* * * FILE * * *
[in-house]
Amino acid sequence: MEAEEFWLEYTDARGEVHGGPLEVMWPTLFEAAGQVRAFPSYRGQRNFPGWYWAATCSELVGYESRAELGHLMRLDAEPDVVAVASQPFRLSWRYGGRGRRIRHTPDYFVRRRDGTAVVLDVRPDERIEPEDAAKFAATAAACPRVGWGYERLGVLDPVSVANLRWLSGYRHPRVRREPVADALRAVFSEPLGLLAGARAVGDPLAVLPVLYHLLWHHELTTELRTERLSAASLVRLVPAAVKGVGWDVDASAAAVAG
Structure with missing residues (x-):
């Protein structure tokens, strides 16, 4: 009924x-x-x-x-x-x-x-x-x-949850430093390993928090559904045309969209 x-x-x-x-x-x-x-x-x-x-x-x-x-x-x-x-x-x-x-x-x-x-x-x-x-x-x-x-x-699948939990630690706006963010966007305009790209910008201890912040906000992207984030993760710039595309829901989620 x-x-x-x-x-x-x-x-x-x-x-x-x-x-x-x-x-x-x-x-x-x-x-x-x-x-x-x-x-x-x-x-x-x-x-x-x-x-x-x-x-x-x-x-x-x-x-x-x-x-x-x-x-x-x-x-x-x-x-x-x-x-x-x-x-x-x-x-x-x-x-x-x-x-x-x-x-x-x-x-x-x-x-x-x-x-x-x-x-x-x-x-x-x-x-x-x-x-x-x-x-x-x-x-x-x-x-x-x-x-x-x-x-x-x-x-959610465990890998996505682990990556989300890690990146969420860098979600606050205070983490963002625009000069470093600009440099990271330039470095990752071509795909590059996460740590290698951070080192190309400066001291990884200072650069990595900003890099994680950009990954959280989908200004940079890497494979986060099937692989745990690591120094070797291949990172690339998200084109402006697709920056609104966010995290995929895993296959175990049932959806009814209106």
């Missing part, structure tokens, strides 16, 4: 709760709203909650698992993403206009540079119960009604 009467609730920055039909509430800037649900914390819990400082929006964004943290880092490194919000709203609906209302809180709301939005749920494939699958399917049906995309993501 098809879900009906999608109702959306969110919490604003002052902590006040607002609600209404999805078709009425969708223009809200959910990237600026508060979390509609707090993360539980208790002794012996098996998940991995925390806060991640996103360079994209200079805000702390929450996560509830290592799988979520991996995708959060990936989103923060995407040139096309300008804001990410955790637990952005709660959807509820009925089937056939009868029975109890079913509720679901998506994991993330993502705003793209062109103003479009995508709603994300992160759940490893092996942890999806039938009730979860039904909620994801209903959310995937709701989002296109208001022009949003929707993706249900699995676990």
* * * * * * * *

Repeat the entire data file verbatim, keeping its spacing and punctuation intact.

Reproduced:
[in-house]
Amino acid sequence: MEAEEFWLEYTDARGEVHGGPLEVMWPTLFEAAGQVRAFPSYRGQRNFPGWYWAATCSELVGYESRAELGHLMRLDAEPDVVAVASQPFRLSWRYGGRGRRIRHTPDYFVRRRDGTAVVLDVRPDERIEPEDAAKFAATAAACPRVGWGYERLGVLDPVSVANLRWLSGYRHPRVRREPVADALRAVFSEPLGLLAGARAVGDPLAVLPVLYHLLWHHELTTELRTERLSAASLVRLVPAAVKGVGWDVDASAAAVAG
Structure with missing residues (x-):
């Protein structure tokens, strides 16, 4: 009924x-x-x-x-x-x-x-x-x-949850430093390993928090559904045309969209 x-x-x-x-x-x-x-x-x-x-x-x-x-x-x-x-x-x-x-x-x-x-x-x-x-x-x-x-x-699948939990630690706006963010966007305009790209910008201890912040906000992207984030993760710039595309829901989620 x-x-x-x-x-x-x-x-x-x-x-x-x-x-x-x-x-x-x-x-x-x-x-x-x-x-x-x-x-x-x-x-x-x-x-x-x-x-x-x-x-x-x-x-x-x-x-x-x-x-x-x-x-x-x-x-x-x-x-x-x-x-x-x-x-x-x-x-x-x-x-x-x-x-x-x-x-x-x-x-x-x-x-x-x-x-x-x-x-x-x-x-x-x-x-x-x-x-x-x-x-x-x-x-x-x-x-x-x-x-x-x-x-x-x-x-959610465990890998996505682990990556989300890690990146969420860098979600606050205070983490963002625009000069470093600009440099990271330039470095990752071509795909590059996460740590290698951070080192190309400066001291990884200072650069990595900003890099994680950009990954959280989908200004940079890497494979986060099937692989745990690591120094070797291949990172690339998200084109402006697709920056609104966010995290995929895993296959175990049932959806009814209106």
């Missing part, structure tokens, strides 16, 4: 709760709203909650698992993403206009540079119960009604 009467609730920055039909509430800037649900914390819990400082929006964004943290880092490194919000709203609906209302809180709301939005749920494939699958399917049906995309993501 098809879900009906999608109702959306969110919490604003002052902590006040607002609600209404999805078709009425969708223009809200959910990237600026508060979390509609707090993360539980208790002794012996098996998940991995925390806060991640996103360079994209200079805000702390929450996560509830290592799988979520991996995708959060990936989103923060995407040139096309300008804001990410955790637990952005709660959807509820009925089937056939009868029975109890079913509720679901998506994991993330993502705003793209062109103003479009995508709603994300992160759940490893092996942890999806039938009730979860039904909620994801209903959310995937709701989002296109208001022009949003929707993706249900699995676990």